How frequently should I visit a dentist?
The majority of the population who have average risk for tooth decay, gum disease and mouth cancer should visit a dentist once a year. However, if you have above average risk you may need to visit a dentist more frequently.
The following are examples of factors leading to a higher risk category:
- If you consume sugars frequently, you may develop tooth decay.
- If you have poor oral hygiene, you may develop gum disease.
- If you are a regular smoker of tobacco products and you regularly consume more than the recommended number of units of alcohol, you have increased risk of developing mouth cancer.
- If you have a health condition, like gastric re-flux, that affects your oral health. The acid in the mouth from gastric re-flux causes tooth erosion.
- If you have an oral health condition that may affect your general health. Gum disease can have a negative effect on diabetes and diabetes can make gum disease worse. These are some of the risk factors a dentist will consider when recommending the frequency of your dental examinations.
How long does it take dental decay to form a cavity in adults?
In general, it takes a long time, usually several years from the time a decay process starts on a tooth to when the tooth becomes cavitated with a visible hole in the tooth. It varies from individual to individual and the rate of progression depends on the balance between risk factors and protective factors present in the mouth over a period of time.
Is it possible to stop dental decay in tooth enamel?
What is a surprise is that, at the microscopic level, many healed lesions can be observed in the tooth enamel. What this tells us is that dental decay is a dynamic process in that there are bouts when tooth enamel is under attack by bacteria producing acid from dietary sugars while at the same time healing is also taking place as fluoride is taken up into the enamel at the same time making it more
resistant to further attack.
However, this level of equilibrium can be disturbed by a range of factors which can result in the decay process continuing to go deeper into the tooth. A persistent snacking habit with frequent intake of sugars throughout the day will overpower the mouth’s defence system. Saliva is constantly bathing the teeth in a healing solution and protects and re-mineralises teeth under attack. Saliva contains several ions which have a buffering effect on acid in the mouth, it also contains fluoride ions which bind to tooth enamel making it more resistant to acid.
For saliva to be protective, it needs time between acid attacks to restore the balance in the mouth. Decay progresses when this balance cannot be achieved most of the time. Anything which hinders the production of normal amounts of saliva in the mouth will upset the balance in favour of further progress of dental decay towards cavity formation. Dry mouth is a condition caused by a lack of normal saliva in the mouth. The most common cause of this condition is prescription drugs especially tranquilizers used to treat anxiety disorders. People with dry mouth can experience a sudden deterioration in their dental decay pattern with decay spreading rapidly to multiple tooth surfaces.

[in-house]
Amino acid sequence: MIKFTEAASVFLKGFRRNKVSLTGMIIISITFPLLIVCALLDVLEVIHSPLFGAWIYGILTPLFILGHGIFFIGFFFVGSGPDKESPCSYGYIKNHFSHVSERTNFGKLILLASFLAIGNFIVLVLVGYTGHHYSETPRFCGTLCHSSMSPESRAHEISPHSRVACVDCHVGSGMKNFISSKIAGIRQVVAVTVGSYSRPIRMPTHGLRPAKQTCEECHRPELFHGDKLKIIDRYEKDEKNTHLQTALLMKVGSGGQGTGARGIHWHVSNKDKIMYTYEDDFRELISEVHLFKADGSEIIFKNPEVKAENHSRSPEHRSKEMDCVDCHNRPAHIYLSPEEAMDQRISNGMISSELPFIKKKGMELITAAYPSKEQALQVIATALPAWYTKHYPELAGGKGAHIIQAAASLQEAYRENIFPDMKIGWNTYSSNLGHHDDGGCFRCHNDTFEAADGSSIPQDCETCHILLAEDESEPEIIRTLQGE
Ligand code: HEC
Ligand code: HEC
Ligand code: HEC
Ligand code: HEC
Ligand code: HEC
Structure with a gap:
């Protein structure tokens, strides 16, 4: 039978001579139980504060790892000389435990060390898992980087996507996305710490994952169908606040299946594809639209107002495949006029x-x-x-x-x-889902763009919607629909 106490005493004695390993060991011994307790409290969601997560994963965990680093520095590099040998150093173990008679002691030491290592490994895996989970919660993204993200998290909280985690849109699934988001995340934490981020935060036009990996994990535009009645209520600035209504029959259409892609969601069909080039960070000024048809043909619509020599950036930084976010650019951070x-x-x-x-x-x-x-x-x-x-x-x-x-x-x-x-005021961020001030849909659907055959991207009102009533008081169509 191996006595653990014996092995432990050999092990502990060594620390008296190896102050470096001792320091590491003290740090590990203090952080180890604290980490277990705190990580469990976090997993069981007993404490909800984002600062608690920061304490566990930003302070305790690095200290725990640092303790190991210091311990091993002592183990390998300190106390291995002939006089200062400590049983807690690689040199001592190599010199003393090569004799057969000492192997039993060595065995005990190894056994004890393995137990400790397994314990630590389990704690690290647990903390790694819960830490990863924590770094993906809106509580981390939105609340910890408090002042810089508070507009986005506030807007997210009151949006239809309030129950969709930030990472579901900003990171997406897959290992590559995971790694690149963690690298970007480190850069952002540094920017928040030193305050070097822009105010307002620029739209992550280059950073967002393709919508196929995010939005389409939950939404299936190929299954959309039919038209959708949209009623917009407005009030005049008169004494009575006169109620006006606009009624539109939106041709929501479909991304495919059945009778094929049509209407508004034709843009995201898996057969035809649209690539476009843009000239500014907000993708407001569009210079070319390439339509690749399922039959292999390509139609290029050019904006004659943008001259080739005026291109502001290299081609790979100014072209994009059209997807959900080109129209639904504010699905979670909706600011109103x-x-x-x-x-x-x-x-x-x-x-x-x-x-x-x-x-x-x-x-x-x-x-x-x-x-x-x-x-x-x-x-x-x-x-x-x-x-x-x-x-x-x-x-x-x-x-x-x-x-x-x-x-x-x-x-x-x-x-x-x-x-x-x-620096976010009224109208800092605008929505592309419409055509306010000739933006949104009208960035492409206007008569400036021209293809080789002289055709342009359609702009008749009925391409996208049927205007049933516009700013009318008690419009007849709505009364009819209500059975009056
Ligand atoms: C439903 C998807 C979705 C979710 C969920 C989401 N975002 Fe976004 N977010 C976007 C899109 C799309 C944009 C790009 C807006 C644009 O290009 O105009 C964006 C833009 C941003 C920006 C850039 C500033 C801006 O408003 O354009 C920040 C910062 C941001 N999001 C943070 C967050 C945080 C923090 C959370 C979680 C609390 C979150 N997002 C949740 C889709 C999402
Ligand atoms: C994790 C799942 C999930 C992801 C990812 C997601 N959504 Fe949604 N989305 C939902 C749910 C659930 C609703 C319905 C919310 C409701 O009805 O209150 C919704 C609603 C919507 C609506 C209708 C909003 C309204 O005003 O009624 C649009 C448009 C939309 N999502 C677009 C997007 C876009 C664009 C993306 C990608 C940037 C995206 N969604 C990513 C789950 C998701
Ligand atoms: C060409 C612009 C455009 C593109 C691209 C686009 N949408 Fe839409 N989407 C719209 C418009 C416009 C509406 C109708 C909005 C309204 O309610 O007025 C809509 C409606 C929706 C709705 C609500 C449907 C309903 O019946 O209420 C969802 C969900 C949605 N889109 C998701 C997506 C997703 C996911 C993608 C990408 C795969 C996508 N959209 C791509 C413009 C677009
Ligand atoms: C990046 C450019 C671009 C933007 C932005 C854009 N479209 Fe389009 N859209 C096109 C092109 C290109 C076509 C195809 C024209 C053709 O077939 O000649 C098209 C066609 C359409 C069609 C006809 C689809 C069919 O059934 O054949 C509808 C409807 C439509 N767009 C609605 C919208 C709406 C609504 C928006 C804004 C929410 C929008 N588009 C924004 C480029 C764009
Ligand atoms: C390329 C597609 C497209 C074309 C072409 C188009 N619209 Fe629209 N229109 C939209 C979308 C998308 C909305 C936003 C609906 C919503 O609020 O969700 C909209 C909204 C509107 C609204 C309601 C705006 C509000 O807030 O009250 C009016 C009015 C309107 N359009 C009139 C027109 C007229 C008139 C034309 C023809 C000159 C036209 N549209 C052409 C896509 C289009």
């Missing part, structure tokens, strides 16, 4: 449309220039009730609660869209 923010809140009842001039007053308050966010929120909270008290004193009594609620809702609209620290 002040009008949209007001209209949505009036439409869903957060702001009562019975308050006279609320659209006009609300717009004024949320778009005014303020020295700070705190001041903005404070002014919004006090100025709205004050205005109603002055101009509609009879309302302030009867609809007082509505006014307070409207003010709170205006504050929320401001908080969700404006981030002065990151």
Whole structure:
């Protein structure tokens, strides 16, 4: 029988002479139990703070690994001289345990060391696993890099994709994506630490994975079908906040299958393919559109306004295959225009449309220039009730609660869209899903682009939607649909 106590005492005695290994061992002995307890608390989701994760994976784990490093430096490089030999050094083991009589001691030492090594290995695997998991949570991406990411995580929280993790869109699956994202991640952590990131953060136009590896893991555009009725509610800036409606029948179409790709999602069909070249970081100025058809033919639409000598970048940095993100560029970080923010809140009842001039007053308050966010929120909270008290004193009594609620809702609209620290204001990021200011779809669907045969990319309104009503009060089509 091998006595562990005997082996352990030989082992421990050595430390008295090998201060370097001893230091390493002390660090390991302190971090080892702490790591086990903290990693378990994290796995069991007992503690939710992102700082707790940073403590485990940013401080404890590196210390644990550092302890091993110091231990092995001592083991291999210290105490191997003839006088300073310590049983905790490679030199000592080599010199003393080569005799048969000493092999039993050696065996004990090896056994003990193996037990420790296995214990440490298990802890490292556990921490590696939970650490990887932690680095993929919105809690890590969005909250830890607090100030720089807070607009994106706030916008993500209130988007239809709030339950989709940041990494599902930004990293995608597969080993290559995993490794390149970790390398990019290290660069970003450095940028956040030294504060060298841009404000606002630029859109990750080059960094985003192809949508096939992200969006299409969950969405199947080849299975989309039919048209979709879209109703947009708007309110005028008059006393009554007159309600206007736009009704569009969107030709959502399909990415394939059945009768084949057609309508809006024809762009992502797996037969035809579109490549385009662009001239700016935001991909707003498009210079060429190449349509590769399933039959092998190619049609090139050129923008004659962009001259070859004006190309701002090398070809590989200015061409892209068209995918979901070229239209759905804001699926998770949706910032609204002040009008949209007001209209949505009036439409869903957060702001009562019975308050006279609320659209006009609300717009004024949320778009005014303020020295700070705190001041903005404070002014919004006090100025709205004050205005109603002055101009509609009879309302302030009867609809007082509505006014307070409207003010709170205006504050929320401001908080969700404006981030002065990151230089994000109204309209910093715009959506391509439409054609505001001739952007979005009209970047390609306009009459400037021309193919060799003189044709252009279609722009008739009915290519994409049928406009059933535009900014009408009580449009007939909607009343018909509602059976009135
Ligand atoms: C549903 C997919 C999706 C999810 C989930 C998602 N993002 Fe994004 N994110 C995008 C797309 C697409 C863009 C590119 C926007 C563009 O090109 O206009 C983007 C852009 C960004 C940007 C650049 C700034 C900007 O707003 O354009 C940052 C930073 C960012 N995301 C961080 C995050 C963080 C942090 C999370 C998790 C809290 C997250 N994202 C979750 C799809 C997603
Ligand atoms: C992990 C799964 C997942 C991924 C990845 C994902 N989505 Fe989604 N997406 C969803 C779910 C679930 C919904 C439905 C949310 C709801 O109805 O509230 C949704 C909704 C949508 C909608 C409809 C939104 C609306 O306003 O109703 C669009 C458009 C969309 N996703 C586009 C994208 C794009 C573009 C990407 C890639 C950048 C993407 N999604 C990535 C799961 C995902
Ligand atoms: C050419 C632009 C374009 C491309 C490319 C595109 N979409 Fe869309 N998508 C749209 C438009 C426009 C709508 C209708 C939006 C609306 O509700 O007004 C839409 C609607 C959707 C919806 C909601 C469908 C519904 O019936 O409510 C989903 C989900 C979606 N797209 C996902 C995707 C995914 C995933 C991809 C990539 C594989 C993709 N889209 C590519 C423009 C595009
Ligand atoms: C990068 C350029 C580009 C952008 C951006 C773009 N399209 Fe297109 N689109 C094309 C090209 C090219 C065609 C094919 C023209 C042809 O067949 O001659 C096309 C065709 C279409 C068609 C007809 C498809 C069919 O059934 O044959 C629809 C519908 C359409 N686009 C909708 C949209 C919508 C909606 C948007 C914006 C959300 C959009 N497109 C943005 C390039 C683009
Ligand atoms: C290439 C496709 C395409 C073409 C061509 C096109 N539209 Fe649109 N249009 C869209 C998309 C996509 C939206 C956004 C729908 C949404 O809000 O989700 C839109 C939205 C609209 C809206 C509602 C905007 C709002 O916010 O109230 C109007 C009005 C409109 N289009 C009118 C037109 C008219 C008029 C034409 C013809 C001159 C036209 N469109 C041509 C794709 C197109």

How soon does a tooth with dental decay need a filling?
There is a growing trend within dentistry internationally to practice dentistry more preventively, do less fillings than previously and use minimally invasive dentistry techniques when required including
repairing existing fillings rather than removing them completely.
Dentists are monitoring decay in teeth and using preventive methods such as dietary counselling, advising patients to use topical fluorides like fluoride mouth rinses and high dose fluoride toothpastes. Dentists may also apply fluoride varnish and use sealant restorations to arrest dental decay and minimise the loss of tooth structure as much as possible. Drilling teeth is delayed as much as possible unless there is strong evidence from radiographs that tooth decay is active and progressing. The best evidence is a combination of visual evidence along with a special type of radiograph called a ‘bite-wing radiograph’.
Bite-wing radiographs usually taken every two years or more frequently if there is high risk provide powerful
evidence of the progress of dental decay in a tooth as it goes from the outside enamel to the inner softer dentin. The pulp and nerve of the tooth retreat from the advancing bacterial infection by laying down layers of protective secondary dentin. Sometimes the response of the pulp and nerve of the tooth along with dietary changes and preventive interventions will arrest the decay process completely. Sometimes these efforts will not be successful and a restoration/filling using a minimally invasive technique will be required.
Modern filling materials, because they adhere to tooth surfaces, allow for smaller fillings which minimise the loss of natural tooth substance and help prolong the life of natural teeth for as long as possible.